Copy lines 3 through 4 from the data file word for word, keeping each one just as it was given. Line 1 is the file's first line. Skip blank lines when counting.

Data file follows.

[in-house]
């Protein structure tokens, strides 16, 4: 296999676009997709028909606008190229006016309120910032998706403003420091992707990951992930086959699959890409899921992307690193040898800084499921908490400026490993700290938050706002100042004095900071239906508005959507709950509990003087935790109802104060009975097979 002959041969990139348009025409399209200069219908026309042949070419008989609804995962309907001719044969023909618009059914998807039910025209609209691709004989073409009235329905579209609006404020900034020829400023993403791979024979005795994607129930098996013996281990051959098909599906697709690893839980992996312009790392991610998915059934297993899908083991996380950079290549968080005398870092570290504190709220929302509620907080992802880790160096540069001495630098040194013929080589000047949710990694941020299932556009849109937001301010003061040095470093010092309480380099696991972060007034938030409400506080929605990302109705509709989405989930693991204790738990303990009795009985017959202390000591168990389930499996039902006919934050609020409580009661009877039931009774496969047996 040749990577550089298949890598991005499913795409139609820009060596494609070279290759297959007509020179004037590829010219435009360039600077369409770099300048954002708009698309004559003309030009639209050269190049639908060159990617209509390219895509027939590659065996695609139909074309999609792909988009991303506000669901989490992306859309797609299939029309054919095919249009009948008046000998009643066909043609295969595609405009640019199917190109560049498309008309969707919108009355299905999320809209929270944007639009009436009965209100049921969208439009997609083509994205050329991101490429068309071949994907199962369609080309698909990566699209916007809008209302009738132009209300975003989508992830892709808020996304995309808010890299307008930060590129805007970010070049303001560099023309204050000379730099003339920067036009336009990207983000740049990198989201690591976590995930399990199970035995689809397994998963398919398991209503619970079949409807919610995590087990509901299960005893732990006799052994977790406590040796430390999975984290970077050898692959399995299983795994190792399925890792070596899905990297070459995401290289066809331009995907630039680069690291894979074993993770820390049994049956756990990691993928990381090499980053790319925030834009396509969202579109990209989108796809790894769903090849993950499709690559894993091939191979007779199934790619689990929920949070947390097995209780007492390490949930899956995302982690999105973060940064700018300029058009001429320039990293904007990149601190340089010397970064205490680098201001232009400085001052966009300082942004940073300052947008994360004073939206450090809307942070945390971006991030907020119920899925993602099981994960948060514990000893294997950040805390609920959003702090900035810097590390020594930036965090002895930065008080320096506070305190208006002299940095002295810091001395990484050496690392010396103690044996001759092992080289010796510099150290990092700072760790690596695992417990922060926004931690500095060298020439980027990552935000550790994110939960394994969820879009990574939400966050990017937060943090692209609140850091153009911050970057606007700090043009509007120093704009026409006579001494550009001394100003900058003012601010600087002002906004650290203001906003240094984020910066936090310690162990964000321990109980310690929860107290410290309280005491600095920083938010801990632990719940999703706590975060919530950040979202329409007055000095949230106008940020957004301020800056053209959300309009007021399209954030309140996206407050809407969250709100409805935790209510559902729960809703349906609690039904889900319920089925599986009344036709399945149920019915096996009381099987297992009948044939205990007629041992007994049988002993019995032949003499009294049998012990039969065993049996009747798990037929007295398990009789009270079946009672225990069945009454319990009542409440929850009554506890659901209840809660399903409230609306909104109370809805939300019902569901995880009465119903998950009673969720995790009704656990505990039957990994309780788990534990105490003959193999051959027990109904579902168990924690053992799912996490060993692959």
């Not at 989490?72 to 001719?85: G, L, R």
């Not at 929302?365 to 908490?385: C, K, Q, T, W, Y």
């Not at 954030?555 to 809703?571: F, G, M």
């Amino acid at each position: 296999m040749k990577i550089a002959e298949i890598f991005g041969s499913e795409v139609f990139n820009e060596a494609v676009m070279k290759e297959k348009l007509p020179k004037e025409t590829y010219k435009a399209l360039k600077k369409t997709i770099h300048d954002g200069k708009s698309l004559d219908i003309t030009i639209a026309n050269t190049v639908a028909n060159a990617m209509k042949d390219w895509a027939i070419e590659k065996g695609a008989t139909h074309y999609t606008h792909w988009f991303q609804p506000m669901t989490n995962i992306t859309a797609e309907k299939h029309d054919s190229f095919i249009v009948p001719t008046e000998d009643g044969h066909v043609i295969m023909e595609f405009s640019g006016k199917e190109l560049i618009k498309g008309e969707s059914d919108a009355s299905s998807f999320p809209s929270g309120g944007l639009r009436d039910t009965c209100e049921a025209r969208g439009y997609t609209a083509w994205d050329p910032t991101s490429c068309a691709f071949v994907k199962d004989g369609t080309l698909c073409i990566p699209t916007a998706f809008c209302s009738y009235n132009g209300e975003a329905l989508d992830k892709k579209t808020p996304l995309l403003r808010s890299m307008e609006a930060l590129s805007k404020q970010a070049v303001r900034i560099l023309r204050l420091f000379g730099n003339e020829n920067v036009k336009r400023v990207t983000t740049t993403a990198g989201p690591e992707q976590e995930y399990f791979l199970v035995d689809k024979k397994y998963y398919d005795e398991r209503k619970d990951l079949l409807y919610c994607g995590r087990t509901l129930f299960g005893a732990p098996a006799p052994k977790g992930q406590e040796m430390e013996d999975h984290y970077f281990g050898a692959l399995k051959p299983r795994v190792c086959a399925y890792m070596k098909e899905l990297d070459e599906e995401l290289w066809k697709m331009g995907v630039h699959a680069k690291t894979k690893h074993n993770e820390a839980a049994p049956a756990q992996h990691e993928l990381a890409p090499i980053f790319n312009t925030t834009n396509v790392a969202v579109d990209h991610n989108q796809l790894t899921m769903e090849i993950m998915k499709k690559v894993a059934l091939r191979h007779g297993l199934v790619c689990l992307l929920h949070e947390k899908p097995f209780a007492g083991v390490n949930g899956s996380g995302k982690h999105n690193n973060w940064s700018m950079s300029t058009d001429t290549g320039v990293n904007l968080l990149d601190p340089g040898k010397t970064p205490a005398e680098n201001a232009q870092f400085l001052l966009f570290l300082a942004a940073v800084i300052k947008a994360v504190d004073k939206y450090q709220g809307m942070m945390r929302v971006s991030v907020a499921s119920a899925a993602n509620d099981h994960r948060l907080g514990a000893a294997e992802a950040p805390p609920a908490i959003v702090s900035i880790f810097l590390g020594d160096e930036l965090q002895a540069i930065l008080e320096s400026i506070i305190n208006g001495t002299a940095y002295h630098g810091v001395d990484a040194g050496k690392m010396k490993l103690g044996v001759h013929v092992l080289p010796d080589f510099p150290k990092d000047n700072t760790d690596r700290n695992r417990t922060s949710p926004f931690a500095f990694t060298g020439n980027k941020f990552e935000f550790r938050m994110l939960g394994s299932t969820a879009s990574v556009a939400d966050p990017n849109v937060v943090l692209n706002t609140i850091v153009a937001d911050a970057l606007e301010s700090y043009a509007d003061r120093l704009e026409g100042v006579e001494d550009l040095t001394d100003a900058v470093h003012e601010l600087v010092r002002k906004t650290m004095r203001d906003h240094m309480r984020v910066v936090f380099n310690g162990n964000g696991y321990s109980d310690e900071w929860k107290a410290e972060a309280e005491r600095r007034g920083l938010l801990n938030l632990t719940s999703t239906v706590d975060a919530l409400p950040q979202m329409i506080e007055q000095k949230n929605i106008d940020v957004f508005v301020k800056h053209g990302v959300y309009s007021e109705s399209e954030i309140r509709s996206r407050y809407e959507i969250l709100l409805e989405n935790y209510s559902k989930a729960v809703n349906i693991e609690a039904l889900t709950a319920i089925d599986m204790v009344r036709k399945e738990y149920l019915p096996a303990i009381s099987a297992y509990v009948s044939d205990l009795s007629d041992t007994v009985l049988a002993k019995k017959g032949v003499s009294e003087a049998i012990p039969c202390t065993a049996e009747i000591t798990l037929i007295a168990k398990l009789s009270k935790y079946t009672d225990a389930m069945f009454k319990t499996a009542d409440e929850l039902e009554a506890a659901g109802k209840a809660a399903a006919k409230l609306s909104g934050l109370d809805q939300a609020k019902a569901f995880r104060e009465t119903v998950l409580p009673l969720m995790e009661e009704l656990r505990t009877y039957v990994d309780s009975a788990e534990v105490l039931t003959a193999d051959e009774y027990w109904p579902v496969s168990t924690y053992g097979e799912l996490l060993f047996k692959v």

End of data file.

């Not at 989490?72 to 001719?85: G, L, R």
């Not at 929302?365 to 908490?385: C, K, Q, T, W, Y």